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University of Michigan Law School

Affirmative action

2000

Articles 1 - 3 of 3

Full-Text Articles in Law

Racial Profiling: "Driving While Mexican" And Affirmative Action, Victor C. Romero Jan 2000

Racial Profiling: "Driving While Mexican" And Affirmative Action, Victor C. Romero

Michigan Journal of Race and Law

This Essay will focus on "racial profiling" not just in the way many people think about the term-that is, with respect to stopping motorists for traffic violations based solely on their race, so-called "Driving While Mexican" or "Driving While Black"-but also in the context of "affirmative action"-namely, using race as a factor in employment and educational decisions. More broadly, then, the author wants us to think of "racial profiling" as simply "the use of race to develop an understanding of an individual," which moves us slightly away from more pejorative notions of the phrase that have seeped into ...


Michigan's Minority Graduates In Practice: Answers To Methodological Queries, Richard O. Lempert, David L. Chambers, Terry K. Adams Jan 2000

Michigan's Minority Graduates In Practice: Answers To Methodological Queries, Richard O. Lempert, David L. Chambers, Terry K. Adams

Articles

Before making a few remarks in response to those who commented on our article (Lempert, Chambers, and Adams 2000), we would like to express our gratitude to the editors of Law and Social Inquiry for securing these commentaries and to the people who wrote them. The comments both highlight the potential uses to which our research and similar studies may be put and give us the opportunity to address methodological concerns and questions that other readers of our article may share with those who commented on it. The responses to our work are of two types. Professors Nelson, Payne, and ...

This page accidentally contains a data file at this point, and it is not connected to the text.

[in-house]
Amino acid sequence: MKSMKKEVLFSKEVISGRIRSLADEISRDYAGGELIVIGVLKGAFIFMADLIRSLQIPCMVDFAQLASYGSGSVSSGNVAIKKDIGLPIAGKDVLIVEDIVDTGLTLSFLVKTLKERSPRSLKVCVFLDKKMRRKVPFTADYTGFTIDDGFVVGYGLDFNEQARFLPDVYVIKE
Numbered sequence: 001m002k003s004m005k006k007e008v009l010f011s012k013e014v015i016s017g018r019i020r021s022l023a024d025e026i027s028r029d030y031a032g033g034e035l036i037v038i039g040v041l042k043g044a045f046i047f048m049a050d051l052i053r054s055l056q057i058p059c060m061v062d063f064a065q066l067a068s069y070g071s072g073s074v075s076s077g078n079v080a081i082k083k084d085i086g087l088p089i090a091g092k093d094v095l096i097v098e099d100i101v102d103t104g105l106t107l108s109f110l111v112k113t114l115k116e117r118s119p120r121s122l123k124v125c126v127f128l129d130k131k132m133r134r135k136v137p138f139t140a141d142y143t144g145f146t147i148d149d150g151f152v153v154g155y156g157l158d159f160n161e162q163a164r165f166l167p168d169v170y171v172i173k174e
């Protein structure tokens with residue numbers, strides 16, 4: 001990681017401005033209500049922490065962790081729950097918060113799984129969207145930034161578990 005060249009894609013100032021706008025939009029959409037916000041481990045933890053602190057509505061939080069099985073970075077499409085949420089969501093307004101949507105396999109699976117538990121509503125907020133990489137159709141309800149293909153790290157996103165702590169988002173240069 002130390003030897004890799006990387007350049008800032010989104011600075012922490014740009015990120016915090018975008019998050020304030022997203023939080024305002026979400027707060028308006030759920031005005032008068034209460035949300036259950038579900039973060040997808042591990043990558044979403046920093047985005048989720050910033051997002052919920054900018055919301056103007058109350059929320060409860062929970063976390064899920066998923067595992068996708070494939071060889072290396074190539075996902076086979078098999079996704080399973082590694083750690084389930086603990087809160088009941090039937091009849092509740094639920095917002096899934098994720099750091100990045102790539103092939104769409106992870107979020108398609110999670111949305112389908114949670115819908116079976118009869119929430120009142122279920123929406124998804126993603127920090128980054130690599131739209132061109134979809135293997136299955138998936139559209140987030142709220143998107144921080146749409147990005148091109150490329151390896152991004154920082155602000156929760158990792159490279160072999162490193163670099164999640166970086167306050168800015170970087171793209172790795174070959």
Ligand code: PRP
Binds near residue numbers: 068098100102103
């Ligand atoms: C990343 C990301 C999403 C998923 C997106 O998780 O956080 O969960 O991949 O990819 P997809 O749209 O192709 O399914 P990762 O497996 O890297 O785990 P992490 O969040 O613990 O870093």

Michigan's Minority Graduates In Practice: The River Runs Through Law School, Richard O. Lempert, David L. Chambers, Terry K. Adams Jan 2000

Michigan's Minority Graduates In Practice: The River Runs Through Law School, Richard O. Lempert, David L. Chambers, Terry K. Adams

Articles

This paper reports the results of a 1997-98 survey designed to explore the careers of the University of Michigan Law School's minority graduates from the classes of 1970 through 1996, and of a random sample of Michigan Law School's white alumni who graduated during the same years. It is to date the most detailed quantitative exploration of how minority students fare after they graduate from law school and enter law practice or related careers. The results reveal that almost all of Michigan Law School's minority graduates pass a bar exam and go on to have careers that ...